The heavenly guard rode a golden-maned horse called Gulltoppr (suitably “the golden-maned”) and lived in a castle in the clouds recognized as Himinbjörg (“the castle of the heavens,” or “sky castle”). Himinbjörg stood at the Asgardian end of the Bifrost, the rainbow bridge that linked Asgard, the world of the gods, to Midgard, the world of humans.

Family of Heimdall

Heimdall was born as the son of nine maiden sisters recognized as the Nine Undines or the Nine Waves. This is possibly the reason he was born with so many gifts. The nine sisters were known to be both gorgeous and awful. Their names stood for the diverse powers of the ocean. The two oldest sisters were twins, known as Duva, the Hidden One, and Kolga, the Cold One. The next sister is Blodughadda, the red-haired and cruel sister. Her name symbolizes red sea foam. The next one is Bara, whose name stands for foam fleck, suggesting the moment that a wave hits the shore. Bylgja, whose name means billow, or breaker, is next, followed by Hrǫnn, or welling wave, and she had a twin Hefring, standing for a rising wave. The last ones were Unn, meaning frothing wave, and the youngest Himinglava, standing for a transparent wave.

The father of Heimdall is Odin, the king of the Aesir tribe. According to a legend, the love between the nine maiden sisters was like no other. Their union was firm. As a result, when one of them decided to lay with Odin, in opposition to the wishes of their father, Aegir (the god of the sea), the other eight sisters stood by her to cover up her disobedience.

There is one more theory about several mothers of Heimdall. Some suppose that Odin bedded all nine of the sisters. This option would have been quite brave on his part, bearing in mind that the maidens were nine vicious mermaids. Either way, at least one of them gave birth to Heimdall.

Heimdall is considered as the father of all people. Before he was given the responsibility of being the watchman of the Bifrost, he traveled the world, visiting a variety of married couples. His stay with each couple lasted for three nights. The first couple were serfs, the next were poor farmers, and the last couple was the aristocracy. Nine months after each visit, a child was born.

The first child was known as Thrall he was unattractive but very strong, and he became the ancestor of all serfs. The next child was Karl. He was a skillful farmer and became the ancestor of all peasants. The third was Jarl, the ancestor of warriors and nobles. He was clever and skillful at hunting and combat.

I hope that you’ll find some symbolism here that can help you create your tattoo design. Until then think before you ink?


Relationships

Family

Heimdall's parentage is disputed. By some accounts, he is descended from giants. By others, he is the offspring of all nine daughters of the ocean deities Aegir and Ran. Ώ] His father is believed to be Odin. Ζ]

Countless mortal humans are descended from Heimdall. According to the legends of Midgard, Heimdall once spent a night at each of three families' houses, and blessed them according to how well he was treated at each. Thereafter from those families were descended the three social classes: nobles, free peasants, and serfs. Ώ]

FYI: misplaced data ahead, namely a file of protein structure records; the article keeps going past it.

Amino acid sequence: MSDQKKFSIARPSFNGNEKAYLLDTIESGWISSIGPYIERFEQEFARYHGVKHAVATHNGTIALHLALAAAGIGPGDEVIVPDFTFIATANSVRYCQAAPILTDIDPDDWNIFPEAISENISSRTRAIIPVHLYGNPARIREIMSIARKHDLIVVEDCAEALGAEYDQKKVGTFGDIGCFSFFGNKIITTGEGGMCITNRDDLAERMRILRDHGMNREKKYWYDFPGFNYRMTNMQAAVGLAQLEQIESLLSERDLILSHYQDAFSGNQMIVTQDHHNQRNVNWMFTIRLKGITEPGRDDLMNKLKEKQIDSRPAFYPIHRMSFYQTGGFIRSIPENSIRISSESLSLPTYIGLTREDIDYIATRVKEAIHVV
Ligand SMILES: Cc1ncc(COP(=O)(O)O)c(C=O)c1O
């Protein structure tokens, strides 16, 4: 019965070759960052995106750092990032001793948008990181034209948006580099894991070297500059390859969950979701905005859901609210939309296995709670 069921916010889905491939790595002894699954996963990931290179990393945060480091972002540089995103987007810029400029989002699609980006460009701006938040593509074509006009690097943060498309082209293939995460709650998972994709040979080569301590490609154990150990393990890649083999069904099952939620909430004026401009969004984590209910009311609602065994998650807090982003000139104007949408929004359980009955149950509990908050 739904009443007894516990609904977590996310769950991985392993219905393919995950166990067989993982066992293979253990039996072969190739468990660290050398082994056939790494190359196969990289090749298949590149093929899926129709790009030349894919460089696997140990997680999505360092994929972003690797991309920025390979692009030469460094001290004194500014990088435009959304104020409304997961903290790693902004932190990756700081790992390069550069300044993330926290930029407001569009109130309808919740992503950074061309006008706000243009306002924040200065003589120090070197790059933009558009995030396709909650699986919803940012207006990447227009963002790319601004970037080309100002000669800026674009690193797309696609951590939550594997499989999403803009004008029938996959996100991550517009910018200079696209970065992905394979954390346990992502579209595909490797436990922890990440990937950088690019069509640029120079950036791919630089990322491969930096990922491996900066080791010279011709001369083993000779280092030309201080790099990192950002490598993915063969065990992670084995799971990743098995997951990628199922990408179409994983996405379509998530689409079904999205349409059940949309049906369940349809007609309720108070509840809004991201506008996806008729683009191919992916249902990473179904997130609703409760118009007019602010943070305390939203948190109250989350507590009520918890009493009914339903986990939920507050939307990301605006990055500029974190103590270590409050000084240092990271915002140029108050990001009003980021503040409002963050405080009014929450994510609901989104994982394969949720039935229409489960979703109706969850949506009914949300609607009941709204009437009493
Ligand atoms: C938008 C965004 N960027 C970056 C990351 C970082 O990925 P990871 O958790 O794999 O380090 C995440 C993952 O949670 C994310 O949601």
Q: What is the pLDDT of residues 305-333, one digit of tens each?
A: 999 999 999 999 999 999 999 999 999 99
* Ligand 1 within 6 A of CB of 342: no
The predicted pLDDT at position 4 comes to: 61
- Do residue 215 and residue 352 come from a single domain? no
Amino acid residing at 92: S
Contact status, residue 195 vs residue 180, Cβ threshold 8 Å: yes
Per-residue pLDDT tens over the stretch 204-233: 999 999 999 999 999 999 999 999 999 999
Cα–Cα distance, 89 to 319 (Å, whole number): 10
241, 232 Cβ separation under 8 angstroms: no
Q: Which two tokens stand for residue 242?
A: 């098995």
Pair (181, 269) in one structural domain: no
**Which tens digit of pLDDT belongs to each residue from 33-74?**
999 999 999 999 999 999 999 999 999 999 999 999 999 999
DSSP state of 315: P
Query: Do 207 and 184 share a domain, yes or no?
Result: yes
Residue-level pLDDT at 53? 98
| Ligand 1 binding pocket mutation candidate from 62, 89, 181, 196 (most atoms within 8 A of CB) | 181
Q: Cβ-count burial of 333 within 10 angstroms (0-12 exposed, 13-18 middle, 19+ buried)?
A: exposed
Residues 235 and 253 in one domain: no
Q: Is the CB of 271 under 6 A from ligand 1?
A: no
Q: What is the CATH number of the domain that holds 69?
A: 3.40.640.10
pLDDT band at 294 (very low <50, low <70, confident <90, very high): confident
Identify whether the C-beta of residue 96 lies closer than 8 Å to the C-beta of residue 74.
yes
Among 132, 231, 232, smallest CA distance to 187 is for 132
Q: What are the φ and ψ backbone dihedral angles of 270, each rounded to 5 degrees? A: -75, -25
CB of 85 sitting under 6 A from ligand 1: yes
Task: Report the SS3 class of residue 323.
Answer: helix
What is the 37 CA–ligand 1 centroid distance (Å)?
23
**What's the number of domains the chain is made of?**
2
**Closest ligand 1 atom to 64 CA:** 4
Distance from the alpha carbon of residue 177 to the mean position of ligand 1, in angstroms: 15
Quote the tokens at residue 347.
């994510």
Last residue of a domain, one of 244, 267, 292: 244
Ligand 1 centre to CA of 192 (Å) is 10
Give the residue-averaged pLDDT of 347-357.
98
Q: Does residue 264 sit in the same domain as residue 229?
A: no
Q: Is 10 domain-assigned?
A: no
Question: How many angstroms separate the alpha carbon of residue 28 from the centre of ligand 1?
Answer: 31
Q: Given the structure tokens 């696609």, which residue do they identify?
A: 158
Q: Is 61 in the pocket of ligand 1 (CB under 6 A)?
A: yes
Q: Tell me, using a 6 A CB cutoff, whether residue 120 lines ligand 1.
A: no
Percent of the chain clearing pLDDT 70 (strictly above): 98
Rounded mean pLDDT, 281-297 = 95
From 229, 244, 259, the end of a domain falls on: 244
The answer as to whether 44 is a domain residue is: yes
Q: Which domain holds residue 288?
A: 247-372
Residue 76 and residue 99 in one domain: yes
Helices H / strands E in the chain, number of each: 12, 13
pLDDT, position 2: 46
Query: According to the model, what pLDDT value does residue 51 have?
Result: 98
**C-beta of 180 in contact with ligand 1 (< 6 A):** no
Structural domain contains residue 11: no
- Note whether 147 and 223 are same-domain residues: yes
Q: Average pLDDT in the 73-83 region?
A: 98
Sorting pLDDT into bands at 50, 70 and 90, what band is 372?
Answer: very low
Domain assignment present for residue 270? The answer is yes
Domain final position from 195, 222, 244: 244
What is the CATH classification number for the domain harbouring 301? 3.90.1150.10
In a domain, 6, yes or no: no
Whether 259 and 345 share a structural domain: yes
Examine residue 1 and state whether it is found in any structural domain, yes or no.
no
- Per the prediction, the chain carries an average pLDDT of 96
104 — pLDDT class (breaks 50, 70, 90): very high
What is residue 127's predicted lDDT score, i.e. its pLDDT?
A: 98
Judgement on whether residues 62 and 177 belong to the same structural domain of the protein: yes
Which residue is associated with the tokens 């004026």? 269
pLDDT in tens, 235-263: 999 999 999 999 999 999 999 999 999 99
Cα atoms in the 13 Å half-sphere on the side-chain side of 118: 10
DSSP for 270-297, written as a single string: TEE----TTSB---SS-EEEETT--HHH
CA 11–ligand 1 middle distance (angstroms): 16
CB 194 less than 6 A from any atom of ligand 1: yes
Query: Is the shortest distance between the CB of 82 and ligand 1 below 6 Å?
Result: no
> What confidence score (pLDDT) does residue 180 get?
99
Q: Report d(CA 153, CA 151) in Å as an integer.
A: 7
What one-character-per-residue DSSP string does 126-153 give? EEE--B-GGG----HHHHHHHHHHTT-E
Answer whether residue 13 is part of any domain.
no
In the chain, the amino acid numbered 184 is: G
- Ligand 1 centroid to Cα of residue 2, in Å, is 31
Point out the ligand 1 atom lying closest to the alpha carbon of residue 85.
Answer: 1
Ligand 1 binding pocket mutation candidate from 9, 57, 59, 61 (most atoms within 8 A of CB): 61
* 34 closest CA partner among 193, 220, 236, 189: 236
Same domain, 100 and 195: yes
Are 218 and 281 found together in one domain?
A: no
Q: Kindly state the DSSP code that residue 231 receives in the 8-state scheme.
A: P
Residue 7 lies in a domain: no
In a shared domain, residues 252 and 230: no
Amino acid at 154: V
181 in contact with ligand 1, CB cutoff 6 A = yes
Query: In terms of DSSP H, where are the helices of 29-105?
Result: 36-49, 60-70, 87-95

Several of the great kings of Denmark can claim descent from Heimdall. Γ]

Enemies

Heimdall and Loki are mortal enemies. Loki considers Heimdall overly self-righteous while Heimdall has nothing but contempt for the trickster Loki. Α]

Heimdall is fated to slay Loki at Ragnarok. Heimdall will himself die of his wounds shortly afterward. Loki will attempt to forestall this by stealing Heimdall's sword, but it will not change his fate. Ώ]

Allies and minions

Heimdall is a valued guardian of the gods of Asgard.

He rides a great horse, named Gulltop.

Heimdall's divine proxies include Olaf Trollslayer, a lawful neutral human fighter with the ability to see at a distance of 30 miles and Sven Trollslayer, a human fighter of equal repute who can hear a spider's footsteps. Α]


Appearances [ edit | edit source ]

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What Christian influences are there in the Prose Edda, besides the prologue?

I've often read that there are Christian influences in the Prose Edda:

Snorri’s Edda was later nicknamed the 'Younger Edda' because much of it derives from older sources. What those sources were is a matter of speculation. Some researchers believe Snorri based it largely on folkloric oral traditions that he may have heard, while others think he used an elder written Edda. However, experts agree that he did add many of his own details. As a result, he gives readers a more elaborate version of Norse mythology that at times reveals his Christian influence.

https://www.ancient.eu/Edda/

The euhemerized account of the origins of the Norse pantheon in the prologue is one example:

But although the prologue has a primarily narrative function, and the author does not obtrude his own personality into it, he does appear to be trying in it to define his attitude to the mythology he is presenting and to clarify the relationship of the religion implied by the mythological stories in Gylfaginning to his own beliefs and to the Christian culture within which he was writing. Undoubtedly one of his motives for including the prologue, and maybe the chief reason for the use of the framing device itself, was to avoid the criticism that his stories were dangerous to orthodoxy.